You have good timing, since at least one of those questions I spent a while chatting about with someone for a game recently. For extreme heights, you can scale any shape up proportionately with the square-cube law. However much bigger something is as a percentage than it was before, it's (that many times) cubed heavier.

new weight = old weight * [(new height / old height) ^ 3]

You can shuffle around the placement of the variables depending on what you want to calculate, but you can use a baseline reference of different weights at a set height to figure things out for other heights. EX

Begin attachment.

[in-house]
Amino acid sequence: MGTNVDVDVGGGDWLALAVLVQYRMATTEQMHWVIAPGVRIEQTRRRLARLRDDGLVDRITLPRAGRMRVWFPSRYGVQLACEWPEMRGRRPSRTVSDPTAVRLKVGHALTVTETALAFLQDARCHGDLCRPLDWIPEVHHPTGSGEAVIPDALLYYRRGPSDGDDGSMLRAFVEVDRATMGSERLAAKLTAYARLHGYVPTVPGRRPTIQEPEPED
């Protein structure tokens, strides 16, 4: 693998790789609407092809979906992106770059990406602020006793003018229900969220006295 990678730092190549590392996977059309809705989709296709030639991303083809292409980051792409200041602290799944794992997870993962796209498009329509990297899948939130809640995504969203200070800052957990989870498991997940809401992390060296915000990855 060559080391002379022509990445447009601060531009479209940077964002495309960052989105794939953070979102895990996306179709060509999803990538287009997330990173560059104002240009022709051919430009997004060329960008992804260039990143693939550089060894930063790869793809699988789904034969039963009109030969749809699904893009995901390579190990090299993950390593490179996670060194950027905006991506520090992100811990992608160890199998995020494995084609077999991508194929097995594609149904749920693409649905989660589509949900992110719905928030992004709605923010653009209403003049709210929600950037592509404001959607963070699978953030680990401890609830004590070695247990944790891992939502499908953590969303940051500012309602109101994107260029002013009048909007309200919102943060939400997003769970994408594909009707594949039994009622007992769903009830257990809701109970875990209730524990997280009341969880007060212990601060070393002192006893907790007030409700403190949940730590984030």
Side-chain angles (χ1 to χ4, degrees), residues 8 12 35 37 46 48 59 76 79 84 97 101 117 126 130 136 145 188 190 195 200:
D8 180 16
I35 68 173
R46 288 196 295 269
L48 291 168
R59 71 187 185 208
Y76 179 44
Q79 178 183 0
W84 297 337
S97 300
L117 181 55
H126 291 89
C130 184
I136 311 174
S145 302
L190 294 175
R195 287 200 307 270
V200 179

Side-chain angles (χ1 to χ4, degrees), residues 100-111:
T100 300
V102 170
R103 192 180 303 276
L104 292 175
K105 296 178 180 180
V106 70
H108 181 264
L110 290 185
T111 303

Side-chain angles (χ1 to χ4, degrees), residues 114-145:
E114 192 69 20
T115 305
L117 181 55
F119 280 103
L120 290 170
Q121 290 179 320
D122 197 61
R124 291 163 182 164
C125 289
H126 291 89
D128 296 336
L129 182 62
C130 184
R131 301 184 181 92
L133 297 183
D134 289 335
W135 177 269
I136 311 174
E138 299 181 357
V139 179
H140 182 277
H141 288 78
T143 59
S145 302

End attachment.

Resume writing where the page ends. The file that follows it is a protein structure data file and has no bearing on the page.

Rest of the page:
Start with 5' 6" (or 66 inches) for your baseline, and say 'normal' is, oh, 155 to 185 (just picking numbers from a BMI scale). You can plug that into the equation to see what 'normal' would be for a 20' (240 inches) tall individual with the same proportions-

Lower bound = 155 * [( 244 / 56)^3] = 155 * (4.357 ^3) = 155 * 82.719 = 12,821.449 lb

Upper bound = 185 * [(244 / 56)^3)] = 185 * (4.357 ^3) = 185 * 82.719 = 15,303.019 lb

So, using our baseline, we can scale set points to any size. A 20' tall individual with the same basic body shape as our baseline would be underweight at under 12,821 lb, overweight at greater than 15,303 lb, and normal weight at anywhere between those two markers. The weight of really big things is something that's often underestimated, but scaling up in three dimension increases volume and weight really fast!